Moreover, in different varieties of circuits for radio-frequency applications, a N+ buried layer is already provided and the type of follower transistor is already implanted and used as a buffer. In this case it is sufficient to make the emitter connection with the N+ buried layer, this mainly requiring modification of the mask serving in the production of the metal level 8 referenced in FIG. 7.
Such a circuit is for example an LNA amplifier (low noise amplifier) such as represented in FIG. 8. This amplifier consists of a transistor T1 for which the emitter 19 is earthed and the base 20 accepts an input signal Ve. The collector 21 of this transistor T1 is connected to one end S1 of a tank circuit composed of an integrated inductor L1 in parallel with an integrated capacitance C1 (non-stray). The other end of the tank circuit is linked to a supply voltage Vdd. An output signal VS1 is measured at the point S1. This circuit makes it possible to have a very high amplification factor (VS1/Ve) around a given resonant frequency F1 dependent on the quality coefficient of the inductor L1. To operate at higher frequencies than F1, the quality coefficient according to the invention can be improved by acting on the inductor L1.
However, this kind of circuit is generally followed by another circuit such as a mixer circuit M. This mixer requires for its operation that it be preceded by a circuit of low output impedance. For this purpose, interposed between the amplifier LNA (consisting of T1, L1 and C1) and the mixer M is a bipolar transistor T2 biased in follower emitter mode with the aid of a current generator 22 connected to the emitter 23 of the transistor T2. The base 24 of the transistor T2 is linked to the output of the LNA amplifier at the point S1. The mixer M is connected to the transistor T2 via the emitter 23. Thus, the signal VS1 is reproduced at E2 since T2 is a follower transistor, and the mixer sees a low impedance at its input, this being the output impedance of the bipolar transistor T2.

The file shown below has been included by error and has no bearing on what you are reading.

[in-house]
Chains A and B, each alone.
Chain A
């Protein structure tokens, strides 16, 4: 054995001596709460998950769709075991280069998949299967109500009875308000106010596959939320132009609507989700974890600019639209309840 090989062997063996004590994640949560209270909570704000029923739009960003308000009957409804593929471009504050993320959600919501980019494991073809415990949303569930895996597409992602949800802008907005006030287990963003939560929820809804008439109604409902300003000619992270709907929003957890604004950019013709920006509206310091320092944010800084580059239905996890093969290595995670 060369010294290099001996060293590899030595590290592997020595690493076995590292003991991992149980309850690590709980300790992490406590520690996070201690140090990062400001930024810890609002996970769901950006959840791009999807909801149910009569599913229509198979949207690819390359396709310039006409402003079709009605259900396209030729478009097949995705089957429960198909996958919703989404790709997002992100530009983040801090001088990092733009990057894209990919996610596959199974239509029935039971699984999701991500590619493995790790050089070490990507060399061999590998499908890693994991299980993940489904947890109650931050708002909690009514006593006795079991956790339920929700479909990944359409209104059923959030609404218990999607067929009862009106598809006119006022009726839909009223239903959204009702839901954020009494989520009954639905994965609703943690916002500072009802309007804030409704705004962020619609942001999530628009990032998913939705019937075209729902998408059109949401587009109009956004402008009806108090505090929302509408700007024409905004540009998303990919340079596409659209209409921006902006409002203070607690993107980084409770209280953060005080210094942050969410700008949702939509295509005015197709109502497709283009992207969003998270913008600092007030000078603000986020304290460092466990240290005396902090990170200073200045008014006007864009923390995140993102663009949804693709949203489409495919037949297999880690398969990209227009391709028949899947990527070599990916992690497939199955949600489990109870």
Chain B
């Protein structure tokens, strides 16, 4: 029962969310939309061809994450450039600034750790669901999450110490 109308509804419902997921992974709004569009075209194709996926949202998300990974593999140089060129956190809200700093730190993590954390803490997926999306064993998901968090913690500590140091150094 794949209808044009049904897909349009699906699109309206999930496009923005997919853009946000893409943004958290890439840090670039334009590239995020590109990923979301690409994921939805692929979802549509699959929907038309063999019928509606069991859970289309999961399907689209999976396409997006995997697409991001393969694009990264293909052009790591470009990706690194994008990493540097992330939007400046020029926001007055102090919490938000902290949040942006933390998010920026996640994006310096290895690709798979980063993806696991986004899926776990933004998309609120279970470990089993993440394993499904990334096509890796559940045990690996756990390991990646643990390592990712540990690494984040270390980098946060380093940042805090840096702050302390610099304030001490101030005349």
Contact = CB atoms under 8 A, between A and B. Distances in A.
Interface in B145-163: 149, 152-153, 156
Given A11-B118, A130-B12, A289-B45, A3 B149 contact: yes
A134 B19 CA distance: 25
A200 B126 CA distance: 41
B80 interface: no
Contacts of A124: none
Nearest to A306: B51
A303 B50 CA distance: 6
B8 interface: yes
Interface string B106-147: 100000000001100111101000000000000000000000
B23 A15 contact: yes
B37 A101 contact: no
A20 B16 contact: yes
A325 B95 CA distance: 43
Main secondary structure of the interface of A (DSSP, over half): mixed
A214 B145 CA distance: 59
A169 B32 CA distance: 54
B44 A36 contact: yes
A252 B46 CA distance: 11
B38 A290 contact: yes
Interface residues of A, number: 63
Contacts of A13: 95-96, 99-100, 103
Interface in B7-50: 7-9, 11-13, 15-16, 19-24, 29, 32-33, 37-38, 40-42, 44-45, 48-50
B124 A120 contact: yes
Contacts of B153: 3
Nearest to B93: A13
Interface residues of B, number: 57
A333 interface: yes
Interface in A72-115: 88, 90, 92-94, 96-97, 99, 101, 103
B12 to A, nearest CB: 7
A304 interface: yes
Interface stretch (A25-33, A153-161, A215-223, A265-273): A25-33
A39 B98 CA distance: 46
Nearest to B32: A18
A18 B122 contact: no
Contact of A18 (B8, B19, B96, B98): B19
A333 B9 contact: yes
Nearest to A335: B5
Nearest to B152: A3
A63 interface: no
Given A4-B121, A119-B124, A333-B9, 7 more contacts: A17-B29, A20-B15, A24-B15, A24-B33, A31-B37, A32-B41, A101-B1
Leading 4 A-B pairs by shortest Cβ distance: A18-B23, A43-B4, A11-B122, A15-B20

Then, to increase the quality coefficient, and hence to increase the frequency of operation of the LNA amplifier, one uses the transistor T2 which is in a follower type arrangement. A connection 25 is made between the emitter 23 and a buried layer (not represented) under the integrated inductor L1. The improvement in the quality coefficient costs nothing other than the production of the connection 25.
The introduction of a transistor in a follower type arrangement into the electrical circuit of an integrated inductor and the connecting of the emitter of this active element to a buried layer situated in the substrate under the inductor so as to place this layer and this inductor at the same potential in terms of dynamic response make it possible to minimize the influence of the stray elements, while thereby improving the quality factor. It is thus possible to increase the thickness of the metal layer constituting the integrated inductor in such a way as to reduce the series resistances and thereby to further improve the quality coefficient. Furthermore, the additional energy consumption due to this active element (the transistor) is advantageously controlled.